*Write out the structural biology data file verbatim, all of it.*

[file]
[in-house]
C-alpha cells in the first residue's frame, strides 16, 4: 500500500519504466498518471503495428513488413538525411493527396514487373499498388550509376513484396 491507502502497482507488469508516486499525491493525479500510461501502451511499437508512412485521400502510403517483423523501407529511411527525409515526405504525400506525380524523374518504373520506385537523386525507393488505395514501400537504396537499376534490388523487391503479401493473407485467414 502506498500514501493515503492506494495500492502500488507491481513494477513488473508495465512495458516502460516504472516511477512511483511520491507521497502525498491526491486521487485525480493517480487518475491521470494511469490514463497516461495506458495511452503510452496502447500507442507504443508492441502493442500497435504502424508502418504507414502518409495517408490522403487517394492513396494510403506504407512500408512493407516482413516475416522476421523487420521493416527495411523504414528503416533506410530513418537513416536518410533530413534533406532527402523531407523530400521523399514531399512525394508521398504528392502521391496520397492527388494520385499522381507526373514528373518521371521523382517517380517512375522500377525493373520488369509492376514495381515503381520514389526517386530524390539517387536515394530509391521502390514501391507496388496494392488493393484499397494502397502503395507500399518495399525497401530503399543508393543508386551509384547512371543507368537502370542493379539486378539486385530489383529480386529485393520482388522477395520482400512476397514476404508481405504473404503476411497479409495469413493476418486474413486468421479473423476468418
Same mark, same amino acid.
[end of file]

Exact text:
[in-house]
C-alpha cells in the first residue's frame, strides 16, 4: 500500500519504466498518471503495428513488413538525411493527396514487373499498388550509376513484396 491507502502497482507488469508516486499525491493525479500510461501502451511499437508512412485521400502510403517483423523501407529511411527525409515526405504525400506525380524523374518504373520506385537523386525507393488505395514501400537504396537499376534490388523487391503479401493473407485467414 502506498500514501493515503492506494495500492502500488507491481513494477513488473508495465512495458516502460516504472516511477512511483511520491507521497502525498491526491486521487485525480493517480487518475491521470494511469490514463497516461495506458495511452503510452496502447500507442507504443508492441502493442500497435504502424508502418504507414502518409495517408490522403487517394492513396494510403506504407512500408512493407516482413516475416522476421523487420521493416527495411523504414528503416533506410530513418537513416536518410533530413534533406532527402523531407523530400521523399514531399512525394508521398504528392502521391496520397492527388494520385499522381507526373514528373518521371521523382517517380517512375522500377525493373520488369509492376514495381515503381520514389526517386530524390539517387536515394530509391521502390514501391507496388496494392488493393484499397494502397502503395507500399518495399525497401530503399543508393543508386551509384547512371543507368537502370542493379539486378539486385530489383529480386529485393520482388522477395520482400512476397514476404508481405504473404503476411497479409495469413493476418486474413486468421479473423476468418
Same mark, same amino acid.